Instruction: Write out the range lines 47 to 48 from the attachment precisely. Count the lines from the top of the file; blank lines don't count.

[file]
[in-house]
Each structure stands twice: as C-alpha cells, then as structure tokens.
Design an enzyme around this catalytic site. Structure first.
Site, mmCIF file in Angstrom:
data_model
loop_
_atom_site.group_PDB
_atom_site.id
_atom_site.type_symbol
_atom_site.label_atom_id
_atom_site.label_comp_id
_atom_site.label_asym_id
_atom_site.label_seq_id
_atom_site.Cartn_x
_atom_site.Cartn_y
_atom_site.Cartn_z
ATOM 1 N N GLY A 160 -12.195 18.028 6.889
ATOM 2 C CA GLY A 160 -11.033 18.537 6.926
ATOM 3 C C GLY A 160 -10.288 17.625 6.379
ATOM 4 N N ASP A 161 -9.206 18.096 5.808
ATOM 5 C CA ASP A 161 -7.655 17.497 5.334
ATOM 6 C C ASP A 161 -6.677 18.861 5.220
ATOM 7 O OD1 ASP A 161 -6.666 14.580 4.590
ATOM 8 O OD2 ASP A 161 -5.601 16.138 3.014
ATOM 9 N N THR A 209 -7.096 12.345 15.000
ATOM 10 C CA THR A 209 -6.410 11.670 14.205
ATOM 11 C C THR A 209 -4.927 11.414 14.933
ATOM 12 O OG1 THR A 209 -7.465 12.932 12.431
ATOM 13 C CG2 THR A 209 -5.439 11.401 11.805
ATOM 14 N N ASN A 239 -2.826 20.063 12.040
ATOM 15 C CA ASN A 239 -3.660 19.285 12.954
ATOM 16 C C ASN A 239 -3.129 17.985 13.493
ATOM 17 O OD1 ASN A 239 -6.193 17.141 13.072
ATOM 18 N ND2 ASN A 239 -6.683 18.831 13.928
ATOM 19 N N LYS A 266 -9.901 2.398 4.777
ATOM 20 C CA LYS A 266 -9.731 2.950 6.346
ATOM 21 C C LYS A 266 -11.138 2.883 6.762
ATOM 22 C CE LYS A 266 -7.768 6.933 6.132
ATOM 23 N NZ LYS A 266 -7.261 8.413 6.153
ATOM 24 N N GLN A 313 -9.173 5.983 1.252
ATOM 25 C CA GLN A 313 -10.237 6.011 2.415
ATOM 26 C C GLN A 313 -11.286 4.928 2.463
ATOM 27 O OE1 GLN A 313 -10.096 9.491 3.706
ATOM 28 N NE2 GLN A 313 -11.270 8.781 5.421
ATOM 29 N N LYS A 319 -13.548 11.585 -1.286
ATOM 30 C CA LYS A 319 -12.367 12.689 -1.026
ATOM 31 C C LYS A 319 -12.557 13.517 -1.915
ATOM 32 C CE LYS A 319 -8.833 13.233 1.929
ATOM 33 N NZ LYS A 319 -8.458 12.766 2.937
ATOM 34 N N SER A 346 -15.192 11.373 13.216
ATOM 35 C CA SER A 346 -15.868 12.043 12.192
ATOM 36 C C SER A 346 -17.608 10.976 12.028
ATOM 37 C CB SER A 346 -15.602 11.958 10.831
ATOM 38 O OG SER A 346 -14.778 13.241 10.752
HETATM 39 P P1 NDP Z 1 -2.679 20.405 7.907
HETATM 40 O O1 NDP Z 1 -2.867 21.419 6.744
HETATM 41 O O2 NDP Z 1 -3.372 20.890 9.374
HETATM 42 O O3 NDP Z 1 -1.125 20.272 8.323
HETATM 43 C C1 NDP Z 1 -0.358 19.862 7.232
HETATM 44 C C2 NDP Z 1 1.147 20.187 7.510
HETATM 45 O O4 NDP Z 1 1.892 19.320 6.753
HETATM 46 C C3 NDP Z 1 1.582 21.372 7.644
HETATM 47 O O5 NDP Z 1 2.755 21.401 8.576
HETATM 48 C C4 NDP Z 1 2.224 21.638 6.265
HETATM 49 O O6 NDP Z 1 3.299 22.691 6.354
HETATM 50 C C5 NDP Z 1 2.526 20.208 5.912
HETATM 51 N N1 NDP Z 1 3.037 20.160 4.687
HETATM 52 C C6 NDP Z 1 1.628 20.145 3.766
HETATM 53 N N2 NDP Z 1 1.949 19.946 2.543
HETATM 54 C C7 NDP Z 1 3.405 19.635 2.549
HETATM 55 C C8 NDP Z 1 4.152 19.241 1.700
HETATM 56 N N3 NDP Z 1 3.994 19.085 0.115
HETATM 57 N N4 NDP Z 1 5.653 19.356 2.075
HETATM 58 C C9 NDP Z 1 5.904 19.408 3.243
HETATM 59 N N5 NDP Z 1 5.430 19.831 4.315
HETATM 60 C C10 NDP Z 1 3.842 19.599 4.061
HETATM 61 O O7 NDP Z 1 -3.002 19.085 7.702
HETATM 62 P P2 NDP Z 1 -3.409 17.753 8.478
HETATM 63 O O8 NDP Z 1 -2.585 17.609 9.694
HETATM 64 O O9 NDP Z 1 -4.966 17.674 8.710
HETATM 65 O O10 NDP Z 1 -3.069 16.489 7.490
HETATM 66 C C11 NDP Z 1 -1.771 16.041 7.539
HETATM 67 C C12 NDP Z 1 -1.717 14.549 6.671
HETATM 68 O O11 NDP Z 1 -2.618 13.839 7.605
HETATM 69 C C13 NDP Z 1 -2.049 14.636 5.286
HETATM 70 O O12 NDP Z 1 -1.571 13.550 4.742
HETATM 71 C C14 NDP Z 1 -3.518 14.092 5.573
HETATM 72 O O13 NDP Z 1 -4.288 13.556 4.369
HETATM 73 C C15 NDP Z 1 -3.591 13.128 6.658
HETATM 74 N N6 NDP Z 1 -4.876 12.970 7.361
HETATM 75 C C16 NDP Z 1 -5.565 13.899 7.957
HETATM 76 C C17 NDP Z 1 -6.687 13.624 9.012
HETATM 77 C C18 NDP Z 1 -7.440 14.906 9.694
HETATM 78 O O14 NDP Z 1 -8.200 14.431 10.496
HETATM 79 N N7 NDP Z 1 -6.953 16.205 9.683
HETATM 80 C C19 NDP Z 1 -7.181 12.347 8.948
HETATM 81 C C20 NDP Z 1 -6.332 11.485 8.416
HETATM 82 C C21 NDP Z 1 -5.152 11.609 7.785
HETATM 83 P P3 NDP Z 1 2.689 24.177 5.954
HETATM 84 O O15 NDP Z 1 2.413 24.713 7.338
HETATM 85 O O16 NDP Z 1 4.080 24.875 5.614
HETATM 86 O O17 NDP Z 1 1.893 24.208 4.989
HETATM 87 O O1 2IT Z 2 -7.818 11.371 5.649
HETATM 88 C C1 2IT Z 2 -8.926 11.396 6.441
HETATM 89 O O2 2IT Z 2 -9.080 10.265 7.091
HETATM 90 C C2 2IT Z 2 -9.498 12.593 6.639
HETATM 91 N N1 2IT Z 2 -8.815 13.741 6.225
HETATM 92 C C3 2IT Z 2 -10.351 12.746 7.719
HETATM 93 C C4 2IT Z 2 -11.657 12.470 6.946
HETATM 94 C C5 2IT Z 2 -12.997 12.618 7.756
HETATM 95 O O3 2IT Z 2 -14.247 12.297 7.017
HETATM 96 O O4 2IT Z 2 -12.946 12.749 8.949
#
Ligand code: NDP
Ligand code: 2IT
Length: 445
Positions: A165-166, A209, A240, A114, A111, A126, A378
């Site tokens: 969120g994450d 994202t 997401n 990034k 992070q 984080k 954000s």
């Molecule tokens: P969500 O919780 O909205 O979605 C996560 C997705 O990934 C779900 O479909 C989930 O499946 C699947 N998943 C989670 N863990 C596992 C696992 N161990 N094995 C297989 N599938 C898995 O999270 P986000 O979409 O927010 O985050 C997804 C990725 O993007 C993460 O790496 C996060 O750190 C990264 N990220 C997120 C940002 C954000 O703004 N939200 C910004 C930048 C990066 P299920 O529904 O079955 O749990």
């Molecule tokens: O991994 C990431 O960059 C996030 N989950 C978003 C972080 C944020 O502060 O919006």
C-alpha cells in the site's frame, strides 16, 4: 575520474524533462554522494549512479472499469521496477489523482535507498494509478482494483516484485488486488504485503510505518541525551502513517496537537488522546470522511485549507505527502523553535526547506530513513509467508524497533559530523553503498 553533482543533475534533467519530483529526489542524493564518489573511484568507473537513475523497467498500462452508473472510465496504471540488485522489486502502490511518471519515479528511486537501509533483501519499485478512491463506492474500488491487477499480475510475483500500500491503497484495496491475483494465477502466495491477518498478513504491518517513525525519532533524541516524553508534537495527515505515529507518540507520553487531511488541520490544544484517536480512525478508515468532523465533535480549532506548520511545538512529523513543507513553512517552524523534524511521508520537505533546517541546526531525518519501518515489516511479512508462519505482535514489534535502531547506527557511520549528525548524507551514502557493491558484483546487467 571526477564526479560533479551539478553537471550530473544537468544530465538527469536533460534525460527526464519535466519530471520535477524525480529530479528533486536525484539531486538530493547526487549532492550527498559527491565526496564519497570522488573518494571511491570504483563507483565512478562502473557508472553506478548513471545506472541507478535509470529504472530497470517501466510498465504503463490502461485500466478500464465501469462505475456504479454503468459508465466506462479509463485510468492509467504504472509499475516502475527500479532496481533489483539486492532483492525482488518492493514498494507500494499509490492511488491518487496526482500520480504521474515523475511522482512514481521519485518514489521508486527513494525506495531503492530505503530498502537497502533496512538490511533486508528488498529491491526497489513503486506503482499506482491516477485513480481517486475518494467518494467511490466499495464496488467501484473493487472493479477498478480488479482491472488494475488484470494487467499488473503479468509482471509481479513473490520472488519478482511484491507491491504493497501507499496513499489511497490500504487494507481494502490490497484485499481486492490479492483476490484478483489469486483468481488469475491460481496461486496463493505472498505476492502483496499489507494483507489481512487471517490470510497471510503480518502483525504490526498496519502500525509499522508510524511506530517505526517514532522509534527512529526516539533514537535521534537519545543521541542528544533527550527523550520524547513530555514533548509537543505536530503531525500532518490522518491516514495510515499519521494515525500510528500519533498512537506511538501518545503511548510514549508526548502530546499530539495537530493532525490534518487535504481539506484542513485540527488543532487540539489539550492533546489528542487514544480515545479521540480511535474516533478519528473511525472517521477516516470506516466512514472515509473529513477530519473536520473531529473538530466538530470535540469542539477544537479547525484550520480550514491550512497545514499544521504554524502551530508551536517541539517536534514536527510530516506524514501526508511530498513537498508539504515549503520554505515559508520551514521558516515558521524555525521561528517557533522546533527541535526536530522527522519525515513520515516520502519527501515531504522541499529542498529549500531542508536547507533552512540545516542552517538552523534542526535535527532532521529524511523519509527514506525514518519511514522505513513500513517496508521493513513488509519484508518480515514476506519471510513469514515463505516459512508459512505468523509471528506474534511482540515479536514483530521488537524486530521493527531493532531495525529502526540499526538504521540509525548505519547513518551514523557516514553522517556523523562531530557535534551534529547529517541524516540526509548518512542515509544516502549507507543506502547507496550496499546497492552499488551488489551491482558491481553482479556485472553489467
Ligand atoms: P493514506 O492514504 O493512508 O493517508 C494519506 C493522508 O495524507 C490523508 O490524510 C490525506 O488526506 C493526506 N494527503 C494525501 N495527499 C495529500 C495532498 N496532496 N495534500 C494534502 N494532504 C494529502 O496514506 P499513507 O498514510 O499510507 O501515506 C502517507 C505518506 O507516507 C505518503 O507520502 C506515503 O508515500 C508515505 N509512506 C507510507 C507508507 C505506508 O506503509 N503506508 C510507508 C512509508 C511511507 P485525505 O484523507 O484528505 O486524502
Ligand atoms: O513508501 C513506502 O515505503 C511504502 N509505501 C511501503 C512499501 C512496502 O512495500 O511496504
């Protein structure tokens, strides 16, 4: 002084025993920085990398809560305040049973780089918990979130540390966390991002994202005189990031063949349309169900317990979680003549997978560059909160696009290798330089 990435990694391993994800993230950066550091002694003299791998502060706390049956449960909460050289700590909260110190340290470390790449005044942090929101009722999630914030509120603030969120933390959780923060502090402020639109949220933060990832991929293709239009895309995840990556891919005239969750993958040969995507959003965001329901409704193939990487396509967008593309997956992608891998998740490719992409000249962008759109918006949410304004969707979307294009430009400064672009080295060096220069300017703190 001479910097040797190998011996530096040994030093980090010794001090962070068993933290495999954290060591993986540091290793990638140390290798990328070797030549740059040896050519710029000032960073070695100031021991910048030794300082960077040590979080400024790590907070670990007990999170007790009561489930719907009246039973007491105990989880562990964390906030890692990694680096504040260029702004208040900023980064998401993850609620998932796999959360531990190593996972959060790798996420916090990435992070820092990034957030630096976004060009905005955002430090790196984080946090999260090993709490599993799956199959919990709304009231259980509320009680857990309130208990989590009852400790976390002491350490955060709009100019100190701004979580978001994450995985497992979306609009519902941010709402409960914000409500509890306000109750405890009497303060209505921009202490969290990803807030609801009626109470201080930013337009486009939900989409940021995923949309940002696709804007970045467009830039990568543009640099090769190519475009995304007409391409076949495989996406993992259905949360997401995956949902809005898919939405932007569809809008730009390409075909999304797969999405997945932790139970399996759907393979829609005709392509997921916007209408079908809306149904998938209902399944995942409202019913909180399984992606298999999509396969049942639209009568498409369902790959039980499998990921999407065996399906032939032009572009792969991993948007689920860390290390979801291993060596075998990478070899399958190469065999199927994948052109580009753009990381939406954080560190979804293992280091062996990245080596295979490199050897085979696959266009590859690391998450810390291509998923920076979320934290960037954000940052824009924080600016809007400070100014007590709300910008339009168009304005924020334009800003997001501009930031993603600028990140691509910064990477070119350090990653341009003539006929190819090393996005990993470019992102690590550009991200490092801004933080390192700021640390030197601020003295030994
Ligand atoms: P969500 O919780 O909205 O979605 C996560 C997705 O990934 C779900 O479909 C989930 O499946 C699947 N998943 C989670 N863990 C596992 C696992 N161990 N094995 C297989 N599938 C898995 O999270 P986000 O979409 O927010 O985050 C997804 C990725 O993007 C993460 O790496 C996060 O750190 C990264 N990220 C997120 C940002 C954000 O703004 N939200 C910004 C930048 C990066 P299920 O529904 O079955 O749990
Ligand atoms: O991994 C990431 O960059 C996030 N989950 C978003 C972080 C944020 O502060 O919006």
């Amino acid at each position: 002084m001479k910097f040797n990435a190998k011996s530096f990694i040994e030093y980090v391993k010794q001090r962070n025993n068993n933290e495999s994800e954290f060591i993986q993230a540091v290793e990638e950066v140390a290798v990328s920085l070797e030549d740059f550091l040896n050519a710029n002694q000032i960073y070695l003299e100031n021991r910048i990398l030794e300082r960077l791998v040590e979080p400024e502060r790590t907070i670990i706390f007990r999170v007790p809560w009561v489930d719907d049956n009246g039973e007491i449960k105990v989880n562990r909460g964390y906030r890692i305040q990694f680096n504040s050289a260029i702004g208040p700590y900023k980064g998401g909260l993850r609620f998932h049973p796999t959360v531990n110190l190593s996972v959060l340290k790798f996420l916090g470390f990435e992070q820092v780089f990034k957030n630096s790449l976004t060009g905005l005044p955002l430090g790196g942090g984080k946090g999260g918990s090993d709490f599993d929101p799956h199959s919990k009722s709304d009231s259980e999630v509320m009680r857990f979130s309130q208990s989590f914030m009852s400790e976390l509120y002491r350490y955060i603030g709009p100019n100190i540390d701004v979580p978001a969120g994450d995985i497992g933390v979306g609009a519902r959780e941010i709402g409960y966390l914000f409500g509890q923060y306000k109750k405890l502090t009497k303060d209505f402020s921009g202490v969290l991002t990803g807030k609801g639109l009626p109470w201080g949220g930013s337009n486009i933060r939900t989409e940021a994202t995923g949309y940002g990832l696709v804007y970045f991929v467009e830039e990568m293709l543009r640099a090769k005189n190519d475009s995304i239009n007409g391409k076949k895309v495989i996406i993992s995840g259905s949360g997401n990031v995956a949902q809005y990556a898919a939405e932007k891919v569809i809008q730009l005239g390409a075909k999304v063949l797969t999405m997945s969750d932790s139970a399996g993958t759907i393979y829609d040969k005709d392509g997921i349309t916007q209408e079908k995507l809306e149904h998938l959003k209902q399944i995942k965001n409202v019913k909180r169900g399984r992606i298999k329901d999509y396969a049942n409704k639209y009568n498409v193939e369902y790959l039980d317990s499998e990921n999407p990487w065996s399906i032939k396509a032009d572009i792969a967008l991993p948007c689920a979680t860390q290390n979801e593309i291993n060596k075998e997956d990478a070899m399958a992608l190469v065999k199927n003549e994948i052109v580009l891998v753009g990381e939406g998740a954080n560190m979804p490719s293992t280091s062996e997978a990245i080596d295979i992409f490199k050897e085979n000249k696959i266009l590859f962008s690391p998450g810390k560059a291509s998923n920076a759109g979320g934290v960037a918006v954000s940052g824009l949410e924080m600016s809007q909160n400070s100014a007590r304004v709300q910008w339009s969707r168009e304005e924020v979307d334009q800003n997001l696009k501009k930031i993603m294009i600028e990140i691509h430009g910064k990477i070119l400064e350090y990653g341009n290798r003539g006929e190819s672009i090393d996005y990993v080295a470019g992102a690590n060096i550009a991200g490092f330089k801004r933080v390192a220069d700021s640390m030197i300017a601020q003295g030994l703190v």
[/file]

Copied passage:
ATOM 31 C C LYS A 319 -12.557 13.517 -1.915
ATOM 32 C CE LYS A 319 -8.833 13.233 1.929